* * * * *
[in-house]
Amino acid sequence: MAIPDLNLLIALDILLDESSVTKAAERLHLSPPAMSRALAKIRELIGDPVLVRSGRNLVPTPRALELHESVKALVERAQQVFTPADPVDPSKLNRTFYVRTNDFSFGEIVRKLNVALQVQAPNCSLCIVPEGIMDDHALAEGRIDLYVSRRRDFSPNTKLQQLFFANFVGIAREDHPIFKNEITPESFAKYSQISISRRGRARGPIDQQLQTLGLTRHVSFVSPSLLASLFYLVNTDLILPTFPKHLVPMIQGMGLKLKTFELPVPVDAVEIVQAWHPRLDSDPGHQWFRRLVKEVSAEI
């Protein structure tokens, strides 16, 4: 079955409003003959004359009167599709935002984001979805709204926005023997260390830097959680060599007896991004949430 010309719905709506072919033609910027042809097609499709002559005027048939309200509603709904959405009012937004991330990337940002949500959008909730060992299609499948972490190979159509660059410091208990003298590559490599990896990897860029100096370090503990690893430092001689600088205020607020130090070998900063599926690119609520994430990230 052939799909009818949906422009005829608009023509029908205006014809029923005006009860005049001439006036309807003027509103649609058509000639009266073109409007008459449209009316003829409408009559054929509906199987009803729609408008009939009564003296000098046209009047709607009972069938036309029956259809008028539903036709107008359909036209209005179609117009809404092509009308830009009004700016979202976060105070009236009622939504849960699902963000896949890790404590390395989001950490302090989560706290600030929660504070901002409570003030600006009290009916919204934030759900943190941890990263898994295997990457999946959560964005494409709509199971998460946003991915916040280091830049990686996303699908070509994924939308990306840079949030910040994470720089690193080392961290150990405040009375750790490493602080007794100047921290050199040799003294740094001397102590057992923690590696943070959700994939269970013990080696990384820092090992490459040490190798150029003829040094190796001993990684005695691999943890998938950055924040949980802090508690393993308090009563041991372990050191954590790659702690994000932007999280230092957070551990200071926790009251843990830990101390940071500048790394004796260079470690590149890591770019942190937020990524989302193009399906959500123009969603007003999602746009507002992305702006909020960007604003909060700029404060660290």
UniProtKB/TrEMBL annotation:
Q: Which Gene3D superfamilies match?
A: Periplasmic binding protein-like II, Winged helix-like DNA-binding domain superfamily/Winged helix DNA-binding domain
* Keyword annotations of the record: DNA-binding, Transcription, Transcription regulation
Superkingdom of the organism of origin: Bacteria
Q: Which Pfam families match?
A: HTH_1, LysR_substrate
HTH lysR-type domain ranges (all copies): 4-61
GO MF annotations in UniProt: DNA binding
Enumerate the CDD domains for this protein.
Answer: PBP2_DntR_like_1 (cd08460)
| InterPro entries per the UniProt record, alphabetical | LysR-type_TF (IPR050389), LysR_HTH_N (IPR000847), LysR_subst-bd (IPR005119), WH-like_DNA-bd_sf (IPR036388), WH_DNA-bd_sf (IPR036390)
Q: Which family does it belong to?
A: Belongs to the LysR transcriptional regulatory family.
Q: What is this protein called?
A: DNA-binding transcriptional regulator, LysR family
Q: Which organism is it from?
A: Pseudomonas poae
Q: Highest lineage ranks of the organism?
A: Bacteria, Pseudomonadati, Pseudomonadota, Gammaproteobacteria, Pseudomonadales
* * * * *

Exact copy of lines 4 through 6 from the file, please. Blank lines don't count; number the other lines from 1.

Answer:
UniProtKB/TrEMBL annotation:
Q: Which Gene3D superfamilies match?
A: Periplasmic binding protein-like II, Winged helix-like DNA-binding domain superfamily/Winged helix DNA-binding domain